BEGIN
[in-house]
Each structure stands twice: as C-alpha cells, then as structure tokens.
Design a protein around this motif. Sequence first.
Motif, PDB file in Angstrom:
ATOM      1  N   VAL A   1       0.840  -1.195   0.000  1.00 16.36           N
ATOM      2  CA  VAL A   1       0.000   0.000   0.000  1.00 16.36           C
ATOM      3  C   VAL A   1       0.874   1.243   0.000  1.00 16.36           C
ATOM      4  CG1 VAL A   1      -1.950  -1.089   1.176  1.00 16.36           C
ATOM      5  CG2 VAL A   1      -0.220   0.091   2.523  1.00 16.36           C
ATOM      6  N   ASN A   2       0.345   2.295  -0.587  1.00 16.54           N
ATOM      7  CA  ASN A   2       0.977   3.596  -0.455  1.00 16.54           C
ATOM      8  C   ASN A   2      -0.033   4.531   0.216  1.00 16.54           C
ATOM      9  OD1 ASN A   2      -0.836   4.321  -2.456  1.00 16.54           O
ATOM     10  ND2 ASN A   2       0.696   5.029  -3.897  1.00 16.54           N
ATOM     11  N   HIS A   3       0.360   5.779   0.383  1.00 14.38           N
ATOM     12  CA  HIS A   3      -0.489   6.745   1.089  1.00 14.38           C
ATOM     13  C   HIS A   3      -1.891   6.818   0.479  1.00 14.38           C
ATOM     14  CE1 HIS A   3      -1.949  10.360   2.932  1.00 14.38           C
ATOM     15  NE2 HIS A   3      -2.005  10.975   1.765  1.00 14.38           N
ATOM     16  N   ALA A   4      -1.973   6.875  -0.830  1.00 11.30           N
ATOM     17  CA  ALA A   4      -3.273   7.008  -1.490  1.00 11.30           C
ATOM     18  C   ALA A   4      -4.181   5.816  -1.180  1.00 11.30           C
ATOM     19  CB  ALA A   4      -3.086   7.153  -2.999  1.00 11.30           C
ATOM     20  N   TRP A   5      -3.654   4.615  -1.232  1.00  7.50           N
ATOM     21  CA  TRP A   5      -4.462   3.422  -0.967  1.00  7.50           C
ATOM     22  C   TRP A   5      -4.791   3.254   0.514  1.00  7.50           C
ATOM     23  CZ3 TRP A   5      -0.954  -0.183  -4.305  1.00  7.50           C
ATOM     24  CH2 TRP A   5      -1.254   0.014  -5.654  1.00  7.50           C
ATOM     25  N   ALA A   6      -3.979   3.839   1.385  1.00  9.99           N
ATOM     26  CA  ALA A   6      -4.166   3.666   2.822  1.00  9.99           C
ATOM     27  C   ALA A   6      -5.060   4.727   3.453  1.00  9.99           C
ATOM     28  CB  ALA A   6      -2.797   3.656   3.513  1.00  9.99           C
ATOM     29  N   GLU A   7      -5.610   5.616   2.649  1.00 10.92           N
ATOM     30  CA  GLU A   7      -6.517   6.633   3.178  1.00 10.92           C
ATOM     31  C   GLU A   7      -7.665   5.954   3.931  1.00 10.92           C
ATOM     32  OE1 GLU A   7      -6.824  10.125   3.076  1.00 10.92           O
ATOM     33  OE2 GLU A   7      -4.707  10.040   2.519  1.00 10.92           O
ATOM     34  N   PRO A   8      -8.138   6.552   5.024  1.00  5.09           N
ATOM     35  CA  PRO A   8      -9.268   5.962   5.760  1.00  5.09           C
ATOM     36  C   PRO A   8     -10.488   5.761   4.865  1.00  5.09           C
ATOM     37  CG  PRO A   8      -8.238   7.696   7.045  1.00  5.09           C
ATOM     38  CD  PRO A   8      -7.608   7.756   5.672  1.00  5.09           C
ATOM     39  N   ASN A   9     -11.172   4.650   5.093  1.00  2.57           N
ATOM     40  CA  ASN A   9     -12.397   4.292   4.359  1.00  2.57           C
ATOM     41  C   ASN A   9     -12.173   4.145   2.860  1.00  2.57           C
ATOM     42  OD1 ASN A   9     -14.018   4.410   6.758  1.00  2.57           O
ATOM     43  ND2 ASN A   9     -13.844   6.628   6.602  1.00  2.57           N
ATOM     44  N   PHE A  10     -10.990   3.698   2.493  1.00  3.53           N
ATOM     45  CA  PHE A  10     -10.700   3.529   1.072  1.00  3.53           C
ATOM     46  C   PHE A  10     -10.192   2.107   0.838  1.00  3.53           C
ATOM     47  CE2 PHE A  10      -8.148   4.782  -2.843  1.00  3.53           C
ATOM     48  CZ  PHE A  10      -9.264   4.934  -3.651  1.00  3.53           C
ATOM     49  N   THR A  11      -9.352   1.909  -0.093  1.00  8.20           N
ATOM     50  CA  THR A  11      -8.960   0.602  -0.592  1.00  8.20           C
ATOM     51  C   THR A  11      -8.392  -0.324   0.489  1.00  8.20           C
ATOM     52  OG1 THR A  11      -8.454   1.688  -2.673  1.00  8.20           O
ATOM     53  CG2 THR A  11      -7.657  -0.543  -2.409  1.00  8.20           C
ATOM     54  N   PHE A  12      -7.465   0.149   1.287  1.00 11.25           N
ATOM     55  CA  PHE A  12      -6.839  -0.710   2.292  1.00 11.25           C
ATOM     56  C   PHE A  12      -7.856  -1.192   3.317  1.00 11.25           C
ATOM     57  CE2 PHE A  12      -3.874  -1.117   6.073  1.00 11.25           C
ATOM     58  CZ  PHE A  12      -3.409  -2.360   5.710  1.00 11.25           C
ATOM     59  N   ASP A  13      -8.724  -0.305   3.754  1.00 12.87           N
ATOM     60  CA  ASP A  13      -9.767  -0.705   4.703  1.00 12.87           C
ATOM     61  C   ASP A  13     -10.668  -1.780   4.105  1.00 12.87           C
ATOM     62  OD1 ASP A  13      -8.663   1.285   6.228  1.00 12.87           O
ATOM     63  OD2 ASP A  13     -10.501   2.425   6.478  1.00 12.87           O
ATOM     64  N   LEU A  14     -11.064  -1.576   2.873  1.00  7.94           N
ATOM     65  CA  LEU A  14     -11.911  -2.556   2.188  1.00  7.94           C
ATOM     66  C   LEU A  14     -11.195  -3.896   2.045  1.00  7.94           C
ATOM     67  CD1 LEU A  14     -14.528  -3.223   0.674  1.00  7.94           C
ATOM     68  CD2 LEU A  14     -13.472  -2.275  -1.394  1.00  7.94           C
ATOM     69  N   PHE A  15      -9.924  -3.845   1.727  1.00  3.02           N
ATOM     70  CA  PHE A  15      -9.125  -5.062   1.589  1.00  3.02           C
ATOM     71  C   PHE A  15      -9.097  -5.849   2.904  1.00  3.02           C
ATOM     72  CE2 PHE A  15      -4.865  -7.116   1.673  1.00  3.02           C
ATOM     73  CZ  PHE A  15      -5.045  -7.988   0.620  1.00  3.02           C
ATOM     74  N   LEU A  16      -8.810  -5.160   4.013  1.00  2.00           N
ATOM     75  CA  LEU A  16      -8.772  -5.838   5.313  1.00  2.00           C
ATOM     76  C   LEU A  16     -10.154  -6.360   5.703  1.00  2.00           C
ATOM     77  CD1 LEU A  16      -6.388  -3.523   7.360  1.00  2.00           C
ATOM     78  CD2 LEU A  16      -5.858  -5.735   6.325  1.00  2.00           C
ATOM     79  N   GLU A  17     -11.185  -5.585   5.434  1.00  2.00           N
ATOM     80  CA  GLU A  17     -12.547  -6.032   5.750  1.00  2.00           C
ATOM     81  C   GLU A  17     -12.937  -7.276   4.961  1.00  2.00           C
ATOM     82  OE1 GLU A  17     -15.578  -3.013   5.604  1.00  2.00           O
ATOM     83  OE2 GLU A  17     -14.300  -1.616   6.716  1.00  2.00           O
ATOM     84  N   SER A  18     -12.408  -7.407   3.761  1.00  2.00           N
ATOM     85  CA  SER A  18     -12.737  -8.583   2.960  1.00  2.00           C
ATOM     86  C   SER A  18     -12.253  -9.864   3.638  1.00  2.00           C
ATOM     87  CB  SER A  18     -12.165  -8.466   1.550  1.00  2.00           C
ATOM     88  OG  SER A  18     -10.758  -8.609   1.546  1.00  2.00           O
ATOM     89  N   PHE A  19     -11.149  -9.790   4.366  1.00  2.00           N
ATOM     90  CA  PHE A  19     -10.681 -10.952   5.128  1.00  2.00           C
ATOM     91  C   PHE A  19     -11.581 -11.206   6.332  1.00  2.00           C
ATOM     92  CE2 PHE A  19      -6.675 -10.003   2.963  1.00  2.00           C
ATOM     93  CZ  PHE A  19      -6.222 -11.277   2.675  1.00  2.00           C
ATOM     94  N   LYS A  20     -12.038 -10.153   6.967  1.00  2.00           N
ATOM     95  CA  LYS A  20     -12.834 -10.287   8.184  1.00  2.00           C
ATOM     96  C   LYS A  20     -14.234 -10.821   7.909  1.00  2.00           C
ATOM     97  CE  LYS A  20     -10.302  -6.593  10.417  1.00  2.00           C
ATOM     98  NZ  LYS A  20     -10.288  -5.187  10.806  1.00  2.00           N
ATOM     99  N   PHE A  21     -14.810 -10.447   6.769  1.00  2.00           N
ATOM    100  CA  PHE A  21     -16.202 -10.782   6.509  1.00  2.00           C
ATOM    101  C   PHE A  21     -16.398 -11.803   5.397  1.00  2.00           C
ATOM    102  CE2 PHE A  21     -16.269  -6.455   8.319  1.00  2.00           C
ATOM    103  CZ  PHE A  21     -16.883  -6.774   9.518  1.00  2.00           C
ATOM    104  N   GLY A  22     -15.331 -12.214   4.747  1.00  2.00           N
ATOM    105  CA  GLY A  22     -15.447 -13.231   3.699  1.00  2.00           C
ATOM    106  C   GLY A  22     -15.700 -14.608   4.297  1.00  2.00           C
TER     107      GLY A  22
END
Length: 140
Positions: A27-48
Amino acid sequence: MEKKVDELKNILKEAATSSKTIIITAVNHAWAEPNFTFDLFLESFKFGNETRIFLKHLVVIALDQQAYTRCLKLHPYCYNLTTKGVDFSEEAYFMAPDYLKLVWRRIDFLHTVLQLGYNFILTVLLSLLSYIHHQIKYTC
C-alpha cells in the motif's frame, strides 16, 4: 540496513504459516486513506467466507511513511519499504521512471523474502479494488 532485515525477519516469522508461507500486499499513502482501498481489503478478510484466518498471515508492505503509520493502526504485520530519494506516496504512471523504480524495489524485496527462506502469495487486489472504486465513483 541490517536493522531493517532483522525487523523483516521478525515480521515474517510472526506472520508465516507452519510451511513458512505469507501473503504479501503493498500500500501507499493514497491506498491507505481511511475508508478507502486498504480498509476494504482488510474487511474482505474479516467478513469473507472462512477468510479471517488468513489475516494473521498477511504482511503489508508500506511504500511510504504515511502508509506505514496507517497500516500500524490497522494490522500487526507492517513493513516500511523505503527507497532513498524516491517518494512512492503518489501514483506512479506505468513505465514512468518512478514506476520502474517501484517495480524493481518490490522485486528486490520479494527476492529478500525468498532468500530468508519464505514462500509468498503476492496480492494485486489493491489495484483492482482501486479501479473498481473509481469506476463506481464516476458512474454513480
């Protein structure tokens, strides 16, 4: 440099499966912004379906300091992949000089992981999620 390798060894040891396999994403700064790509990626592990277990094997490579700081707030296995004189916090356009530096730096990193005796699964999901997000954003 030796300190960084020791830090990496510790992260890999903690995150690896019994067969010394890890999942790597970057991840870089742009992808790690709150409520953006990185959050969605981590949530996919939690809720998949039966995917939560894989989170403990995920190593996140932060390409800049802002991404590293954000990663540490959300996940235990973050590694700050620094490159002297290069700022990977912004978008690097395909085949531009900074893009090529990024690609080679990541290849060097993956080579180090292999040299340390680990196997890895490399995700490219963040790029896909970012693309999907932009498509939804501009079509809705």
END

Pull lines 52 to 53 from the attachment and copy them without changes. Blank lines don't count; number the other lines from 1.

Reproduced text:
ATOM     48  CZ  PHE A  10      -9.264   4.934  -3.651  1.00  3.53           C
ATOM     49  N   THR A  11      -9.352   1.909  -0.093  1.00  8.20           N